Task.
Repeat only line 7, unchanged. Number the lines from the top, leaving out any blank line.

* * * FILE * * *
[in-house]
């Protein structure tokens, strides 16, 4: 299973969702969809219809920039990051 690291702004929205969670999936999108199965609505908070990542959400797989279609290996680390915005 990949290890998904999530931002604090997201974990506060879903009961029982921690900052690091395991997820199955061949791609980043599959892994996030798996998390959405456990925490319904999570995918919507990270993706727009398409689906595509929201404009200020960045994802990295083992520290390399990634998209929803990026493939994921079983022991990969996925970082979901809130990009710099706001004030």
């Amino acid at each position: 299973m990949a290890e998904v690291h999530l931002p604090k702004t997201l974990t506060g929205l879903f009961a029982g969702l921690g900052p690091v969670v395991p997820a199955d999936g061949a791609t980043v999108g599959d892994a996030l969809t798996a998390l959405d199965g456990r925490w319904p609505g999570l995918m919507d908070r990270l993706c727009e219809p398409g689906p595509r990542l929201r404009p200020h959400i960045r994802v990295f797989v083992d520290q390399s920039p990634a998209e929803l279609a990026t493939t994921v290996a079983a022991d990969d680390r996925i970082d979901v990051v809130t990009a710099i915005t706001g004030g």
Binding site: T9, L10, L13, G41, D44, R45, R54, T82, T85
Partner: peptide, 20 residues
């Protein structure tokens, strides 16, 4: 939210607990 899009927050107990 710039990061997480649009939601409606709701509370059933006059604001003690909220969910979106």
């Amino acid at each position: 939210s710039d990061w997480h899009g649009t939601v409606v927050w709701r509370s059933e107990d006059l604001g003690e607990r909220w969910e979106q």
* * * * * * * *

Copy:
């Amino acid at each position: 939210s710039d990061w997480h899009g649009t939601v409606v927050w709701r509370s059933e107990d006059l604001g003690e607990r909220w969910e979106q």